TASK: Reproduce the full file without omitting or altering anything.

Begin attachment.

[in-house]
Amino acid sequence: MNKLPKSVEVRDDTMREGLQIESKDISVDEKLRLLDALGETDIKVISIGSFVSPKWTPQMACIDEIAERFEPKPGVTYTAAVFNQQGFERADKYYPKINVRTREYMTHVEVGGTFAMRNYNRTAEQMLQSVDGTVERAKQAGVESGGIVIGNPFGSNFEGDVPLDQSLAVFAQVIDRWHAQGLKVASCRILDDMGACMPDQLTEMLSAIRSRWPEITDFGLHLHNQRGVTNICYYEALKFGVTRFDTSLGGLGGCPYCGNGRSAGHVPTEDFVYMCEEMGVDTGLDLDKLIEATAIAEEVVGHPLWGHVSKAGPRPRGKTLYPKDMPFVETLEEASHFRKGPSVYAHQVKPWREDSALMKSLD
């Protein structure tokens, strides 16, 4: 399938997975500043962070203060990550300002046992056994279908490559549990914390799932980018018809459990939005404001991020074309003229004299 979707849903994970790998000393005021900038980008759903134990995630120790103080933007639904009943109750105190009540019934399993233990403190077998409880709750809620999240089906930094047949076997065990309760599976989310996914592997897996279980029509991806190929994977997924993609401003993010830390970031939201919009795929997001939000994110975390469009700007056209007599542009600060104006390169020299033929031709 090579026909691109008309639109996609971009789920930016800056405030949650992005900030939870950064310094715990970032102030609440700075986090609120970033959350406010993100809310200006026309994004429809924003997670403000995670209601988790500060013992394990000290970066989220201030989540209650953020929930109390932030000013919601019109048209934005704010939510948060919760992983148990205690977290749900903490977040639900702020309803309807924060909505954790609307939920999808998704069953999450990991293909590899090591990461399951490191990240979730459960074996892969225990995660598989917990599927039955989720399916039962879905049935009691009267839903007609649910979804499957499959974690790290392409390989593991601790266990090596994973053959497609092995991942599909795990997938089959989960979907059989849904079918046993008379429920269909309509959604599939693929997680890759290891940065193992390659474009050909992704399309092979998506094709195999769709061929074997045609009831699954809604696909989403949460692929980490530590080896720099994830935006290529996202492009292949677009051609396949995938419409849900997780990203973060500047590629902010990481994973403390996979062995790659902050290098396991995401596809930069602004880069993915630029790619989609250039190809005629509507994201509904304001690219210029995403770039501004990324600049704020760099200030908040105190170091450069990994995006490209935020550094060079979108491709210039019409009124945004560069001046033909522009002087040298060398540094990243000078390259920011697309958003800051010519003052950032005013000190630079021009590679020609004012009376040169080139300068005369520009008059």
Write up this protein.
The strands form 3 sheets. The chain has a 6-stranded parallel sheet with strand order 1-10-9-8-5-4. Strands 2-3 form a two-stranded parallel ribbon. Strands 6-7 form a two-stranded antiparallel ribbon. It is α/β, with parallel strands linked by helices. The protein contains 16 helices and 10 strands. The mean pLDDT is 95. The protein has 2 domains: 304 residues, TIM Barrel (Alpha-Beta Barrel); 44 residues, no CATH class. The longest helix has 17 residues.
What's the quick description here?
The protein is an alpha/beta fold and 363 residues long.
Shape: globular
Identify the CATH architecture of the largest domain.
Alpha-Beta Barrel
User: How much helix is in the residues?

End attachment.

[in-house]
Amino acid sequence: MNKLPKSVEVRDDTMREGLQIESKDISVDEKLRLLDALGETDIKVISIGSFVSPKWTPQMACIDEIAERFEPKPGVTYTAAVFNQQGFERADKYYPKINVRTREYMTHVEVGGTFAMRNYNRTAEQMLQSVDGTVERAKQAGVESGGIVIGNPFGSNFEGDVPLDQSLAVFAQVIDRWHAQGLKVASCRILDDMGACMPDQLTEMLSAIRSRWPEITDFGLHLHNQRGVTNICYYEALKFGVTRFDTSLGGLGGCPYCGNGRSAGHVPTEDFVYMCEEMGVDTGLDLDKLIEATAIAEEVVGHPLWGHVSKAGPRPRGKTLYPKDMPFVETLEEASHFRKGPSVYAHQVKPWREDSALMKSLD
């Protein structure tokens, strides 16, 4: 399938997975500043962070203060990550300002046992056994279908490559549990914390799932980018018809459990939005404001991020074309003229004299 979707849903994970790998000393005021900038980008759903134990995630120790103080933007639904009943109750105190009540019934399993233990403190077998409880709750809620999240089906930094047949076997065990309760599976989310996914592997897996279980029509991806190929994977997924993609401003993010830390970031939201919009795929997001939000994110975390469009700007056209007599542009600060104006390169020299033929031709 090579026909691109008309639109996609971009789920930016800056405030949650992005900030939870950064310094715990970032102030609440700075986090609120970033959350406010993100809310200006026309994004429809924003997670403000995670209601988790500060013992394990000290970066989220201030989540209650953020929930109390932030000013919601019109048209934005704010939510948060919760992983148990205690977290749900903490977040639900702020309803309807924060909505954790609307939920999808998704069953999450990991293909590899090591990461399951490191990240979730459960074996892969225990995660598989917990599927039955989720399916039962879905049935009691009267839903007609649910979804499957499959974690790290392409390989593991601790266990090596994973053959497609092995991942599909795990997938089959989960979907059989849904079918046993008379429920269909309509959604599939693929997680890759290891940065193992390659474009050909992704399309092979998506094709195999769709061929074997045609009831699954809604696909989403949460692929980490530590080896720099994830935006290529996202492009292949677009051609396949995938419409849900997780990203973060500047590629902010990481994973403390996979062995790659902050290098396991995401596809930069602004880069993915630029790619989609250039190809005629509507994201509904304001690219210029995403770039501004990324600049704020760099200030908040105190170091450069990994995006490209935020550094060079979108491709210039019409009124945004560069001046033909522009002087040298060398540094990243000078390259920011697309958003800051010519003052950032005013000190630079021009590679020609004012009376040169080139300068005369520009008059």
Write up this protein.
The strands form 3 sheets. The chain has a 6-stranded parallel sheet with strand order 1-10-9-8-5-4. Strands 2-3 form a two-stranded parallel ribbon. Strands 6-7 form a two-stranded antiparallel ribbon. It is α/β, with parallel strands linked by helices. The protein contains 16 helices and 10 strands. The mean pLDDT is 95. The protein has 2 domains: 304 residues, TIM Barrel (Alpha-Beta Barrel); 44 residues, no CATH class. The longest helix has 17 residues.
What's the quick description here?
The protein is an alpha/beta fold and 363 residues long.
Shape: globular
Identify the CATH architecture of the largest domain.
Alpha-Beta Barrel
User: How much helix is in the residues?